Mentions: Previous studies have shown that the RE component Nuf is required for actin and membrane recruitment to the invaginating furrow (Rothwell et al., 1998; Riggs et al., 2003). To address why nuf mutant embryos exhibit actin as well as membrane defects, we examined furrow formation in living nuf1 (the strongest nuf allele; see Materials and methods) embryos expressing GFP-Moesin. In WT control embryos expressing GFP-Moesin, no breaks were seen at furrows during furrow invagination (Fig. 4 A). In contrast, it appears that the F-actin loss initially occurs basally and progresses apically at the furrows in nuf embryos (Fig. 4 B, arrowheads). Additionally, F-actin loss expands laterally (Fig. 4 B, arrows; and Video 3, available at http://www.jcb.org/cgi/content/full/jcb.200712036/DC1). At metaphase, when furrows have invaginated to their maximal length, breaks were seen throughout the entire length of the furrow resulting in spindle fusions (Fig. 4 B, asterisks; and Video 3). Loss of F-actin stability was also seen in Rab11 embryos during metaphase furrow invagination (Fig. 4 C) and in nuf embryos during cellularization (Fig. S4 A, available at http://www.jcb.org/cgi/content/full/jcb.200712036/DC1). Given that Rab11 is required for RE integrity, these results together indicated that the RE is required to maintain F-actin stability at the invaginating furrows.

Bottom Line: We find that in nuf mutant embryos, an initial loss of F-actin at the furrow is followed by loss of the associated furrow membrane.Drug- or Rho-GTP-induced increase of actin polymerization or genetically mediated decrease of actin depolymerization suppresses the nuf mutant F-actin and membrane defects.We also find that RhoGEF2 does not properly localize at the furrow in nuf mutant embryos and that RhoGEF2-Rho1 pathway components show strong specific genetic interactions with Nuf.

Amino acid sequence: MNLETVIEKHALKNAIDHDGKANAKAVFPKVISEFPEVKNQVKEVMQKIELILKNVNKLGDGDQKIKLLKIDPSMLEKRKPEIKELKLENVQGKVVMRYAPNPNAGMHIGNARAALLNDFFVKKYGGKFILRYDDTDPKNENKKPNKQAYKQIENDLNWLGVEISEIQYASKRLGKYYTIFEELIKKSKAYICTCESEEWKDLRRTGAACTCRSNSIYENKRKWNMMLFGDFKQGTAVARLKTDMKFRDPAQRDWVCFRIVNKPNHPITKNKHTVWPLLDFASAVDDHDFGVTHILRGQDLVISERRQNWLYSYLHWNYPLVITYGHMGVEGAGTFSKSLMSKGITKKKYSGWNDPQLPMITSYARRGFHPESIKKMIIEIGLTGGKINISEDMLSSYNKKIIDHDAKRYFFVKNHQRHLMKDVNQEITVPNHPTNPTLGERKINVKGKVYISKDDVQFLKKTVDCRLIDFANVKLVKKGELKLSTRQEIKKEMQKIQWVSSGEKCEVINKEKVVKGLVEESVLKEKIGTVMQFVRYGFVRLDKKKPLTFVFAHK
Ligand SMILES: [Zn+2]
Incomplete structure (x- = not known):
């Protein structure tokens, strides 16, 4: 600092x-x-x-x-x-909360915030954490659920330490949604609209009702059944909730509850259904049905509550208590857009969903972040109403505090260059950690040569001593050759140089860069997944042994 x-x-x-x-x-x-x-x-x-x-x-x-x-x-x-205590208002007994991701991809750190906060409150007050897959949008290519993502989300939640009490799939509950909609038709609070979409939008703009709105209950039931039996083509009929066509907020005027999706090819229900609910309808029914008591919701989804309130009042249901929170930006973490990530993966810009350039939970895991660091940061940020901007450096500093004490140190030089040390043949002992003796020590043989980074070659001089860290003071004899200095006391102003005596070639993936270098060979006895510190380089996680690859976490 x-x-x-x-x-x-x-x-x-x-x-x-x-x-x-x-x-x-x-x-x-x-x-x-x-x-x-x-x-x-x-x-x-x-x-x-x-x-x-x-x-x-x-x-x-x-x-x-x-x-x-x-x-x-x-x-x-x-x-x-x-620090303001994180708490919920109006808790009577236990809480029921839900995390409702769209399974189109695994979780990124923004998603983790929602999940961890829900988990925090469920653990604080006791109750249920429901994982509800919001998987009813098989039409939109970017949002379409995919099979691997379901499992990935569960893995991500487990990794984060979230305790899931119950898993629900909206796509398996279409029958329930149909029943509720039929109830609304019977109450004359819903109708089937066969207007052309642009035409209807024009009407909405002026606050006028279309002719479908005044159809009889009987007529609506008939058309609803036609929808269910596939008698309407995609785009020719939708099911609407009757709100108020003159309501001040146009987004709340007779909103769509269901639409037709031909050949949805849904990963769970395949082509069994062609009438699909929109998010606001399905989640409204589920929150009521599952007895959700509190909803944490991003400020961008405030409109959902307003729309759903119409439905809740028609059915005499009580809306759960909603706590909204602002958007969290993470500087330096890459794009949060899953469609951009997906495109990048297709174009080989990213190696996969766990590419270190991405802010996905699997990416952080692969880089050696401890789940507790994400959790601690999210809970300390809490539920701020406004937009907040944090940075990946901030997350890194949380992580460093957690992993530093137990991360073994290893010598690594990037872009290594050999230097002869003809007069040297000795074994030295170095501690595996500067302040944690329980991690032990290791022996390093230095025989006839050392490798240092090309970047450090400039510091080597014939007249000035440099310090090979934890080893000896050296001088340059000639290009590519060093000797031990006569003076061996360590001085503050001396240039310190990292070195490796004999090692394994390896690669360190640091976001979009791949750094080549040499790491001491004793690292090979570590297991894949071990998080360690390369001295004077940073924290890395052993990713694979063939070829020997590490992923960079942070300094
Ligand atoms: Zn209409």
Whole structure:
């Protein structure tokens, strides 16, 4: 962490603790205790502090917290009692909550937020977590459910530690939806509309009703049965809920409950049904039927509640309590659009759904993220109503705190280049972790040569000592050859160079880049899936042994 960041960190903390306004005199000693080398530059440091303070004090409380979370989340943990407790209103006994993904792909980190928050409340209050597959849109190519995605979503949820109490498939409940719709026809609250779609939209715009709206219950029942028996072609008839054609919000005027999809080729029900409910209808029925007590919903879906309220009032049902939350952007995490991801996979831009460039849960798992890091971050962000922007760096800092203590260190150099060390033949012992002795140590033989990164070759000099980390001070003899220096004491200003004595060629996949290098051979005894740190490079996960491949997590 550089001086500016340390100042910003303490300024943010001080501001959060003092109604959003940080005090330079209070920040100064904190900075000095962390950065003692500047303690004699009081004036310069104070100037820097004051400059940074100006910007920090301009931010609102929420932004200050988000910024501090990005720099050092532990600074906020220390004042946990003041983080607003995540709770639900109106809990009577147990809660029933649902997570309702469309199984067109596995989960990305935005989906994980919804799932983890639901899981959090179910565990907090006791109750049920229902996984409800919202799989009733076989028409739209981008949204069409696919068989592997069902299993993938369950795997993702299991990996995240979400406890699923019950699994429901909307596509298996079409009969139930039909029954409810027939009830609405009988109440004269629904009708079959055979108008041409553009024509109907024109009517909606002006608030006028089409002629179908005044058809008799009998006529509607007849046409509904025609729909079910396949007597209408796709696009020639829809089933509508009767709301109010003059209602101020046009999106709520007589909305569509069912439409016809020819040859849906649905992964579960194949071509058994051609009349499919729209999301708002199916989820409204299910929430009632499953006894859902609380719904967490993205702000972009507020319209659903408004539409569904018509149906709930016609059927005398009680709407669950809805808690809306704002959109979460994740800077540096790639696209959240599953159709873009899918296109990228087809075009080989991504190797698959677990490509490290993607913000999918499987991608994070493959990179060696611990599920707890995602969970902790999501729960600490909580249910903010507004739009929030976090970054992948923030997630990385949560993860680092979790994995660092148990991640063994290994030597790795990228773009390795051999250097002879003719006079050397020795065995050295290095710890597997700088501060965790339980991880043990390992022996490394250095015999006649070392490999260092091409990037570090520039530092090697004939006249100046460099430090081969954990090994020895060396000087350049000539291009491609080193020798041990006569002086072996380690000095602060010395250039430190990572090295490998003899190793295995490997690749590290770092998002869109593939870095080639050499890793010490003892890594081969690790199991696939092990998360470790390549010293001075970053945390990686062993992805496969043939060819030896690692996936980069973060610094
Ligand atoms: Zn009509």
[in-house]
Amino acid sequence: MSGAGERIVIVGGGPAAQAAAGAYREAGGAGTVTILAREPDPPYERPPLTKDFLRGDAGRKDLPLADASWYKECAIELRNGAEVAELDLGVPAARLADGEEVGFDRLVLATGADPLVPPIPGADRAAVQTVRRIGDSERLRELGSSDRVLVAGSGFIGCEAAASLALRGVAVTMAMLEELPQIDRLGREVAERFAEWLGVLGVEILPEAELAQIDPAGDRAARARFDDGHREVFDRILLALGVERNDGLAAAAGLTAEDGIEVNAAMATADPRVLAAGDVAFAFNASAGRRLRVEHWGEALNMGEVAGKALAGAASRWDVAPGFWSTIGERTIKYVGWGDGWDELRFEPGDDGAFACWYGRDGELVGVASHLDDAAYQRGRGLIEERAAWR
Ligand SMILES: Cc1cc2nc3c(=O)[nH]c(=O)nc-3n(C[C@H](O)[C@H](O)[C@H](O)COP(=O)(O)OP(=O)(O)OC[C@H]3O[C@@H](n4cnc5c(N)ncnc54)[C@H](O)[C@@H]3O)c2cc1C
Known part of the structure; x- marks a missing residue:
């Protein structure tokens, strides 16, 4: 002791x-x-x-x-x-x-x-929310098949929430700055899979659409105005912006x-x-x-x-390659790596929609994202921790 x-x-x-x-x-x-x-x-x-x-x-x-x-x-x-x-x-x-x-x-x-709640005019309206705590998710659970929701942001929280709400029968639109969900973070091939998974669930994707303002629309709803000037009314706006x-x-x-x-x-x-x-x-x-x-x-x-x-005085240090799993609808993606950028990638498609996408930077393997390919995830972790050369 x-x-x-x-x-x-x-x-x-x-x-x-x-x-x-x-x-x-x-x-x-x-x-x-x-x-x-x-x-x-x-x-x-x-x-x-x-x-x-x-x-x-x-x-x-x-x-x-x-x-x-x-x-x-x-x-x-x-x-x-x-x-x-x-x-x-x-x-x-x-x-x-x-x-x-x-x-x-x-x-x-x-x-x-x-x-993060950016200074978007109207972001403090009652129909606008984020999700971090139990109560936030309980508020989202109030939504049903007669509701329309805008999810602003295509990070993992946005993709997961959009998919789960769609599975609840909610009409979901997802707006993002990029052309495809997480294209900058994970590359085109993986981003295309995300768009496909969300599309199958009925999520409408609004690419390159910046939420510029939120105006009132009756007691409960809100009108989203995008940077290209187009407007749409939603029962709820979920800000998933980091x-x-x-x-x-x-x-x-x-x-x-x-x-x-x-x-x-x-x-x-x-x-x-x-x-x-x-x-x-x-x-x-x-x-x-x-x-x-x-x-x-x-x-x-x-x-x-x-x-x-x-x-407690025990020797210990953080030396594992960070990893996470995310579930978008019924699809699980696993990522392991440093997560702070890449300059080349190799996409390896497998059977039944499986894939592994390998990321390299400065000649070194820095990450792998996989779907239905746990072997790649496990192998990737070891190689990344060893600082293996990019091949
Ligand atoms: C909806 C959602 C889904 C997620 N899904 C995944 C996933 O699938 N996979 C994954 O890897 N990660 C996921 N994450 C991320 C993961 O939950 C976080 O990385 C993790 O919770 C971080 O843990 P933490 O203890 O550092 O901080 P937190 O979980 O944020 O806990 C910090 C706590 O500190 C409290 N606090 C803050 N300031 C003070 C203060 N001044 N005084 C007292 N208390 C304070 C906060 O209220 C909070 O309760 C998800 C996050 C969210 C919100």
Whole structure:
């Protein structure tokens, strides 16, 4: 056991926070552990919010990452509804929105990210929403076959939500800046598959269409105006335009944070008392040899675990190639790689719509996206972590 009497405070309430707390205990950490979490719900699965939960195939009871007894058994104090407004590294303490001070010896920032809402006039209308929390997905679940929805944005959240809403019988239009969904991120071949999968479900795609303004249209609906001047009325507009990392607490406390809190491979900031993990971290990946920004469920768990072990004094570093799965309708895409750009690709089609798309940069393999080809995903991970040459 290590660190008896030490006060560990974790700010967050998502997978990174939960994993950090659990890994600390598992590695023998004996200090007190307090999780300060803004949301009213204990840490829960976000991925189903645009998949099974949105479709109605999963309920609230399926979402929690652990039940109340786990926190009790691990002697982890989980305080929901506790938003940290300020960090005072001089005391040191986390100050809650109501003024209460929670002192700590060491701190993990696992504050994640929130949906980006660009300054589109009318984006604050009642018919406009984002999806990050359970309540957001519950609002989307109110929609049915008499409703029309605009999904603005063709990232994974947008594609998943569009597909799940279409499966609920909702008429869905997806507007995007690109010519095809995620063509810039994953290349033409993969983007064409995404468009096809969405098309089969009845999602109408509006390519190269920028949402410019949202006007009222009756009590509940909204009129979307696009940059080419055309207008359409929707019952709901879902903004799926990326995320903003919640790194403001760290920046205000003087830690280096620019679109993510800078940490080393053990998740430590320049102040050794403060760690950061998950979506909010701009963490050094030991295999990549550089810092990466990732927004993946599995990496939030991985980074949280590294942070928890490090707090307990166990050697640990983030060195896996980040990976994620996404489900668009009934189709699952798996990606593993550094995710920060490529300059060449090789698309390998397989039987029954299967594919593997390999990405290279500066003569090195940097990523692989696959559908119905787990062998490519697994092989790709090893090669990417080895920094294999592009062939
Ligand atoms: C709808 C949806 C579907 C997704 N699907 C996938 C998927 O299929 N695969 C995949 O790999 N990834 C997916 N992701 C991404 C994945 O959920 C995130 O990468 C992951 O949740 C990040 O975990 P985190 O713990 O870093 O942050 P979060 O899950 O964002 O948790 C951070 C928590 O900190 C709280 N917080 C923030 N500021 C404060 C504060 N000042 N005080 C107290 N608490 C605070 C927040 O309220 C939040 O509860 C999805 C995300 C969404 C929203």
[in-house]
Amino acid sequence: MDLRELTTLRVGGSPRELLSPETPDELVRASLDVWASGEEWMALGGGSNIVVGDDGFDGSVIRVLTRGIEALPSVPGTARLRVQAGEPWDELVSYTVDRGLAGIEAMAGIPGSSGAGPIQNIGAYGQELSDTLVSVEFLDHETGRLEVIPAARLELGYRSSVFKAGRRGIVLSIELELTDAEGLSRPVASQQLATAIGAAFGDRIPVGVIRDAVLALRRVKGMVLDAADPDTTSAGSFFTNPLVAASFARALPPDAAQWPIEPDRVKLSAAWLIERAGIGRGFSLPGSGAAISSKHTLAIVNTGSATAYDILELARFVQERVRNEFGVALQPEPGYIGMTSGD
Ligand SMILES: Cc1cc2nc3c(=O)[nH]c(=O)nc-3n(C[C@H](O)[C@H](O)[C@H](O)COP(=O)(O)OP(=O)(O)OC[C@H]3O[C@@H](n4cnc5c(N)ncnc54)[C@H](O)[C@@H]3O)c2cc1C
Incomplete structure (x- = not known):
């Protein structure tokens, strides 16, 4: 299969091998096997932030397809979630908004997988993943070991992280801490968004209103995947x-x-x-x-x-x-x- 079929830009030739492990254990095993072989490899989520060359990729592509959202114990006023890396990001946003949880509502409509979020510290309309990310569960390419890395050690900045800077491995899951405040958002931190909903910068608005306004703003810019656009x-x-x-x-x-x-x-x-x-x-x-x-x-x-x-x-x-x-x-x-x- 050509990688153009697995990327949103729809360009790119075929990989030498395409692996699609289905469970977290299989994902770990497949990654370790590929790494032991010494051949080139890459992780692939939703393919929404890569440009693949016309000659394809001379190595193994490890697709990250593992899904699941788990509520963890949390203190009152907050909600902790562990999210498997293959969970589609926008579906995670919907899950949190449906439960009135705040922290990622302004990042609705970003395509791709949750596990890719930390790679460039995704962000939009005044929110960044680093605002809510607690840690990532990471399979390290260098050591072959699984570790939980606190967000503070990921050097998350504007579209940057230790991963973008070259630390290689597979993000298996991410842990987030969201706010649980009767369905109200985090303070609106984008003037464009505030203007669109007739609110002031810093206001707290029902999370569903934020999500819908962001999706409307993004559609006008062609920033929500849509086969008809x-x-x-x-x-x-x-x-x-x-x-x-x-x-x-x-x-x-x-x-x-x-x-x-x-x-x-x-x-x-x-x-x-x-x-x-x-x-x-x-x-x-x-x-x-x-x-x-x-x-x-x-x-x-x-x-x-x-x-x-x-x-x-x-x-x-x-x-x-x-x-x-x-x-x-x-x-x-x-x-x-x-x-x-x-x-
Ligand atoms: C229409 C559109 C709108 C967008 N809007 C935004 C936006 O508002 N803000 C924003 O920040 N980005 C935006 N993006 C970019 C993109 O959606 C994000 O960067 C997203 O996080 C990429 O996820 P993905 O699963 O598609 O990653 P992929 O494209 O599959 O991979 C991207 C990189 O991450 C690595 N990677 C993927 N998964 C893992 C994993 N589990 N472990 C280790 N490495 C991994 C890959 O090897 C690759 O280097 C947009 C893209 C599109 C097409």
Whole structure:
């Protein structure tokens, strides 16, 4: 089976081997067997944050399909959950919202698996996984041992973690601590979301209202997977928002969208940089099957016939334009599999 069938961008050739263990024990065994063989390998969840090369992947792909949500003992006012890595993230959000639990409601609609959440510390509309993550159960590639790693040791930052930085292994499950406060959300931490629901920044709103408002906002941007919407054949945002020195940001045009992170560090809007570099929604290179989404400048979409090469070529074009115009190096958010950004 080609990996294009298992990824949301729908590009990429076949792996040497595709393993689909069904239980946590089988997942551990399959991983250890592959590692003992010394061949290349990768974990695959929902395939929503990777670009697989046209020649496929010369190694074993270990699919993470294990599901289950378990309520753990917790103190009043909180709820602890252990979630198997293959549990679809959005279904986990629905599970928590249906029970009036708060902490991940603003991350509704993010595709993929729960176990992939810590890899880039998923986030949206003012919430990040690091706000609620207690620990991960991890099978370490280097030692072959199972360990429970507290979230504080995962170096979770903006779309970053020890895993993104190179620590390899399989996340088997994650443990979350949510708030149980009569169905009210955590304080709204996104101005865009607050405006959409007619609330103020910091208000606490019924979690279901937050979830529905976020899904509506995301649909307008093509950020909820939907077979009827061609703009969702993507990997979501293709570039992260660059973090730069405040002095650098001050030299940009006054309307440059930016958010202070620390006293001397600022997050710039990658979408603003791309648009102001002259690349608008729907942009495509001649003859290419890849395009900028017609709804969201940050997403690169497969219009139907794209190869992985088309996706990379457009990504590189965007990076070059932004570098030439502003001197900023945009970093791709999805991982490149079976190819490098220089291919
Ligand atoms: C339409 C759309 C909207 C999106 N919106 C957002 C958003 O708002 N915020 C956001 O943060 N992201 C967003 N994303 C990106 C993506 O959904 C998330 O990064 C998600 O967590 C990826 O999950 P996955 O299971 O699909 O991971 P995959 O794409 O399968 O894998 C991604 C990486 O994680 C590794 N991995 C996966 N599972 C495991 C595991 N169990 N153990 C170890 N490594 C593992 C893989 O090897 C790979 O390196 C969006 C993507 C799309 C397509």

View Article: PubMed Central - PubMed

Affiliation: Sinsheimer Laboratories, Department of Molecular, Cellular, and Developmental Biology, University of California, Santa Cruz, Santa Cruz, CA 95064, USA.

ABSTRACT
Plasma membrane ingression during cytokinesis involves both actin remodeling and vesicle-mediated membrane addition. Vesicle-based membrane delivery from the recycling endosome (RE) has an essential but ill-defined involvement in cytokinesis. In the Drosophila melanogaster early embryo, Nuf (Nuclear fallout), a Rab11 effector which is essential for RE function, is required for F-actin and membrane integrity during furrow ingression. We find that in nuf mutant embryos, an initial loss of F-actin at the furrow is followed by loss of the associated furrow membrane. Wild-type embryos treated with Latrunculin A or Rho inhibitor display similar defects. Drug- or Rho-GTP-induced increase of actin polymerization or genetically mediated decrease of actin depolymerization suppresses the nuf mutant F-actin and membrane defects. We also find that RhoGEF2 does not properly localize at the furrow in nuf mutant embryos and that RhoGEF2-Rho1 pathway components show strong specific genetic interactions with Nuf. We propose a model in which RE-derived vesicles promote furrow integrity by regulating the rate of actin polymerization through the RhoGEF2-Rho1 pathway.

Show MeSH
Related in: MedlinePlus